© Rhoberta Shaler, PhD
Oops! Does that sound like sacrilege on the Sow Peace site? It isn’t. Anger is a useful arousal in the body that is instrumental in letting us know when our boundaries have been crossed. In that way, it is a good thing. It’s what you do with that arousal that makes all the difference.
When someone crosses your boundary or pushes your buttons, you will notice–if you are awake. You are then at a choice point.
- What are you going to do with it?
- Are you going to react, respond or generate? (See the blog called ” Are you reactive, responsive or generative? ” )
- Do you know yourself well enough to know what and where your boundaries are?
- Have you thought through communication, conflict management & negotiation strategies to use when that happens?
- Do you have good skills to use?
- Are you willing to look into yourself, or, are you hitting out at the world and everyone in it hoping it and they will change?
Your first task is to answer the questions above in the most honest way you possibly can. If you do not recognize that you are at choice when your buttons get choice, that will be the most important starting point.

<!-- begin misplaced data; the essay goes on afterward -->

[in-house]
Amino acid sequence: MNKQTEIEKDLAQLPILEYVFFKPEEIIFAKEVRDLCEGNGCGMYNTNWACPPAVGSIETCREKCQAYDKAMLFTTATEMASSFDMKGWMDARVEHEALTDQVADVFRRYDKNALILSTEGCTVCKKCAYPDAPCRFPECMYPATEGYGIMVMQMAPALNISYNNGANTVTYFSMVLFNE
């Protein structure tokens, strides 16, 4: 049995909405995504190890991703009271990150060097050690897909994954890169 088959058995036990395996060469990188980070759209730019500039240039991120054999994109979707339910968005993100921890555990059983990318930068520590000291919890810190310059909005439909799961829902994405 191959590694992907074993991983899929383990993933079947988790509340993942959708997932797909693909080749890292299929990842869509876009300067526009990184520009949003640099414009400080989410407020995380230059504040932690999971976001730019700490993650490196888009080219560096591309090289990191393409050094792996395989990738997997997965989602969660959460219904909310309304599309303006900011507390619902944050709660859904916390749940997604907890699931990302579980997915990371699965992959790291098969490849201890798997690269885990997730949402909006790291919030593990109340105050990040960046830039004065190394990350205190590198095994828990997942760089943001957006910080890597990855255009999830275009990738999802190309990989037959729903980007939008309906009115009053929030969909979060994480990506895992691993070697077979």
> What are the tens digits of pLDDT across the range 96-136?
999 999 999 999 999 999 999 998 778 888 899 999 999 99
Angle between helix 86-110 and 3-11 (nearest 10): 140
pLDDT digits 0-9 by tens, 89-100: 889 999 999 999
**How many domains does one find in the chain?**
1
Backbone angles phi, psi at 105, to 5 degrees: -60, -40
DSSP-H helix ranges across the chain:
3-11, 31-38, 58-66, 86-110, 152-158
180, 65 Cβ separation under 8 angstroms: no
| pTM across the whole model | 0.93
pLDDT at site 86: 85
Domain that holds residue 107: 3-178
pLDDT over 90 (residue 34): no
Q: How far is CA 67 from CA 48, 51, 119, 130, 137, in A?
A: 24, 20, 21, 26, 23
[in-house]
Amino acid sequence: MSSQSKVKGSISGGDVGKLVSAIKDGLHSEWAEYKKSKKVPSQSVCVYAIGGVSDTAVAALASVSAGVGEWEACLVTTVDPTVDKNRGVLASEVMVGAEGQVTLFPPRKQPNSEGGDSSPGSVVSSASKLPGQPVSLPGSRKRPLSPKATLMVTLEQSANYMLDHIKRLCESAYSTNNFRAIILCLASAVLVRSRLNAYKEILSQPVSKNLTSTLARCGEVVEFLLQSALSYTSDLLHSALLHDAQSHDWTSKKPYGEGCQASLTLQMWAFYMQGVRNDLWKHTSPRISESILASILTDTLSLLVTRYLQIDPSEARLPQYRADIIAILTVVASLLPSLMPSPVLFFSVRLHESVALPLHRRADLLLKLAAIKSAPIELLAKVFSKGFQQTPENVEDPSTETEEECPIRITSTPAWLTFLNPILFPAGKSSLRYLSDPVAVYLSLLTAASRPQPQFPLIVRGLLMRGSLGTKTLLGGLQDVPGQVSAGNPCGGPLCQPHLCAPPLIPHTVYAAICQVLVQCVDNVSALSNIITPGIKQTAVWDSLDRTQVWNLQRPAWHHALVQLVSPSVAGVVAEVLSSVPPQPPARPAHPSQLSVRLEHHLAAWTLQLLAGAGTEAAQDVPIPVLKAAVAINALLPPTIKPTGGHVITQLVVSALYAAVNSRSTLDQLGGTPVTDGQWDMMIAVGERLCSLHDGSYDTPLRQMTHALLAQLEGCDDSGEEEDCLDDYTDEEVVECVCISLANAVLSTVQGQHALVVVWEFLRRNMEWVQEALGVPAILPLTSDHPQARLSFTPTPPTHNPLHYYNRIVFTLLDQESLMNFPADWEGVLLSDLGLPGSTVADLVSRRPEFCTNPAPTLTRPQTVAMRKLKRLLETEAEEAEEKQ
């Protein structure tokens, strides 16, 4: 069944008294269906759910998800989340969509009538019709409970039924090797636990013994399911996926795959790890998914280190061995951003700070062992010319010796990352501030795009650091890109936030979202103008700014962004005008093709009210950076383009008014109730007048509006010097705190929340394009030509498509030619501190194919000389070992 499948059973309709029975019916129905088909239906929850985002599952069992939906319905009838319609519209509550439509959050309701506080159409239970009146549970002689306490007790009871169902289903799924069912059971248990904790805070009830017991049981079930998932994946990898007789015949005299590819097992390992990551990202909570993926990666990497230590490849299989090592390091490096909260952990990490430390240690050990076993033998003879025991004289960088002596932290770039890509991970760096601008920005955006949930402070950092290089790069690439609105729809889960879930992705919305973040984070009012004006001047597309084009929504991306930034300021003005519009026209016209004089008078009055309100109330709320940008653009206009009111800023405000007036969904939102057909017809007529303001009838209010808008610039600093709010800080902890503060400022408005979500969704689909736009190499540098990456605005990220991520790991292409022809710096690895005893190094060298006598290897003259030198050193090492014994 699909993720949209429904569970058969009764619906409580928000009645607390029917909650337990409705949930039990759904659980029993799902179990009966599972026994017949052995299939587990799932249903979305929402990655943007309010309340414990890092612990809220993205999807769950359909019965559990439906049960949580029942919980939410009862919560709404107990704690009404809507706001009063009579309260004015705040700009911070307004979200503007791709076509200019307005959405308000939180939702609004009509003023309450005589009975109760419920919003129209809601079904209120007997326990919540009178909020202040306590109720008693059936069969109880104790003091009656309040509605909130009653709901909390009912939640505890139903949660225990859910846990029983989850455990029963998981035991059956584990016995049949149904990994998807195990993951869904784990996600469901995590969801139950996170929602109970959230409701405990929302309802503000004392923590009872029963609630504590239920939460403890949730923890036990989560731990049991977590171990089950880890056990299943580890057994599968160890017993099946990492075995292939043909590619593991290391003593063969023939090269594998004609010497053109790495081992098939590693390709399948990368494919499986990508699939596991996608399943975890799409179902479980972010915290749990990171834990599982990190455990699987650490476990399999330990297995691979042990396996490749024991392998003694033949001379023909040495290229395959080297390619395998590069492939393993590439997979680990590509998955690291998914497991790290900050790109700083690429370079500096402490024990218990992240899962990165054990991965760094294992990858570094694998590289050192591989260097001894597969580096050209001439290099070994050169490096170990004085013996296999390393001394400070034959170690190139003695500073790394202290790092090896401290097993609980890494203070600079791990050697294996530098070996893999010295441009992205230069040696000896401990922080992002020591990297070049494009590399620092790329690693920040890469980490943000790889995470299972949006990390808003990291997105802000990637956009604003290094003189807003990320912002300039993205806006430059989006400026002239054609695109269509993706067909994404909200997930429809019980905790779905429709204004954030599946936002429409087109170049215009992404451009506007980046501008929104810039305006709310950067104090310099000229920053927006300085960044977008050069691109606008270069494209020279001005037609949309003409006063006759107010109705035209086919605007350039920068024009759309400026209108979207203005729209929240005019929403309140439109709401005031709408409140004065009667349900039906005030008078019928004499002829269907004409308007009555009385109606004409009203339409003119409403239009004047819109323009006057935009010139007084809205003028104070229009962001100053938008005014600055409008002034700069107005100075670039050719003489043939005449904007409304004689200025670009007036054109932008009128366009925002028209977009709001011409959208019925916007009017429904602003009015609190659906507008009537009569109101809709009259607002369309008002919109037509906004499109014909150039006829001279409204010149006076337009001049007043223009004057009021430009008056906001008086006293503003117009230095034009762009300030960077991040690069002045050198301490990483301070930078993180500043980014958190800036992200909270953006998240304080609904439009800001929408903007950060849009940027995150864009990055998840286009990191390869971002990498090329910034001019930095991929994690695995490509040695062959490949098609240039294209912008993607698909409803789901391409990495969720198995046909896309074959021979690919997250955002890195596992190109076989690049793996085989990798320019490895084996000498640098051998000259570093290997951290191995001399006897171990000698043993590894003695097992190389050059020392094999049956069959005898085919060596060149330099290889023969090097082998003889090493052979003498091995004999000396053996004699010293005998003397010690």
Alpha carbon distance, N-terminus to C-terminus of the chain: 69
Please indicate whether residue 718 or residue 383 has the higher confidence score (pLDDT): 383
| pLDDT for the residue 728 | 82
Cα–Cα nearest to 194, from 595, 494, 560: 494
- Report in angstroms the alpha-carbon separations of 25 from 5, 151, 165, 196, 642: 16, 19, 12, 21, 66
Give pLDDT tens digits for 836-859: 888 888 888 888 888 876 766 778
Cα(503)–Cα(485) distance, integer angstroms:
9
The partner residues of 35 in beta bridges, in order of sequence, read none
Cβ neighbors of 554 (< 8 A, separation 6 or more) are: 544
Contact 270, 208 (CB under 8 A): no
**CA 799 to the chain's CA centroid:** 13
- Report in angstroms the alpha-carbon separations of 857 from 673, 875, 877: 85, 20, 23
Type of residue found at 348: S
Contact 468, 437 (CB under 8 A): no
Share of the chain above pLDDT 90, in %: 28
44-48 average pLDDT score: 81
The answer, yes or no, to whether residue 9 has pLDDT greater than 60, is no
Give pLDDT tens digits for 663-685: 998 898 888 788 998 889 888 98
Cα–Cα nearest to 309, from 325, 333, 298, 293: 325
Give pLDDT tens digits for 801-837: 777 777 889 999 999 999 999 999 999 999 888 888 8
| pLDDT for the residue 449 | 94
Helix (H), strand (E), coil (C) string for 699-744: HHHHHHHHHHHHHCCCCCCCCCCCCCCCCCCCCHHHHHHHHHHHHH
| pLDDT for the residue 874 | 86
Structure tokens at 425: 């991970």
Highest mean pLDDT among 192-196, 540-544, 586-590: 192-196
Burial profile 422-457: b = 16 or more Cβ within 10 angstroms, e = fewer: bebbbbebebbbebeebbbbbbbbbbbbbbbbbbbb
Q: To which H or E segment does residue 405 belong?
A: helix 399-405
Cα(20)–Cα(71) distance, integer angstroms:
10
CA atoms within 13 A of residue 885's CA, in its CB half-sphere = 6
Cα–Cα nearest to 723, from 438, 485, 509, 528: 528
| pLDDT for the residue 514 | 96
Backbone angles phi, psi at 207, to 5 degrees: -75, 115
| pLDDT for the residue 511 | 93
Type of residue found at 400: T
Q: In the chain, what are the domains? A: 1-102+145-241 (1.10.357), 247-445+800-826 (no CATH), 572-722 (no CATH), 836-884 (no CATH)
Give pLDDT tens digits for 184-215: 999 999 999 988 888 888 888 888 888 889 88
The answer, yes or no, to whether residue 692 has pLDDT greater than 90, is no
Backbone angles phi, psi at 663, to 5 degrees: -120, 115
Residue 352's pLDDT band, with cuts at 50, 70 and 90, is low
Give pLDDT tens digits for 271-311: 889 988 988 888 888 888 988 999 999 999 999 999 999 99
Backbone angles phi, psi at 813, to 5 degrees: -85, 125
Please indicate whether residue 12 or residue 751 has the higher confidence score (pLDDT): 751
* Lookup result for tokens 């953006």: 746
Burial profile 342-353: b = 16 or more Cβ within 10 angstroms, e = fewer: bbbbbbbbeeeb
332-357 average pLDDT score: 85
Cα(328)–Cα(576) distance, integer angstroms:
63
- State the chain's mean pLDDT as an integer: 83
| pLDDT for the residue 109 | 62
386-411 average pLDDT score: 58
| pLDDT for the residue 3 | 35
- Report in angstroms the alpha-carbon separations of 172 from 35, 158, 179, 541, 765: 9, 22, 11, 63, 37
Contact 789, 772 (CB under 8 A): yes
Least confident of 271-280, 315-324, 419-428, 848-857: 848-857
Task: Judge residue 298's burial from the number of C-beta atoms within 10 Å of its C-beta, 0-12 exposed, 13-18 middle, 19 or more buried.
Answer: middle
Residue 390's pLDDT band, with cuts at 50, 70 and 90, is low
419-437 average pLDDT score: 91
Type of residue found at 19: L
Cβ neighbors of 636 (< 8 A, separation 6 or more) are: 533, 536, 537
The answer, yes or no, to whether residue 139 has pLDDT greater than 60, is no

Your second task is to examine where, when and how you learned your responses to anger. If it was from home as a child because that’s the way the family handled everything, you have some new strategies to learn. If it was something that cropped up after experiencing abuse repeatedly, that is a separate issue that needs specific attention.
If the strategies you are using are keeping you feeling healthy, living without regret while maintaining loving supportive relationships, you’re likely in good shape. If not, go to task three.
Your third task is to take out the mirror and have a good look. If anger is getting in the way of giving or receiving love, you are short-changing yourself. You are likely pushing it away just as it gets close. You burn bridges by fanning the flames. You can torch a relationship in a heartbeat.
I know you’ve heard me say this before but it is, and always will be true:
“If you’re still yelling at the driver in front of you, world peace is a ways off.”
And, I add to that:
“If all you have is a hammer, everything looks like a nail.” ~ Bernard Baruch
Freely translated, if you do not do the work to change your inner landscape, you’ll think your anger is everyone else’s problem!
Sowing peace requires the willingness to give up shame, blame, judgment and justifying your own behavior. Other people don’t make you angry. You choose anger as a response to what you experience!
If you know you need help, we can talk about it. I offer a free 30-minute coaching consultation. Just email me at NOW!
Rhoberta Shaler, PhD, is the founder of Sow Peace. She is a catalyst for communication, conflict management & collaboration.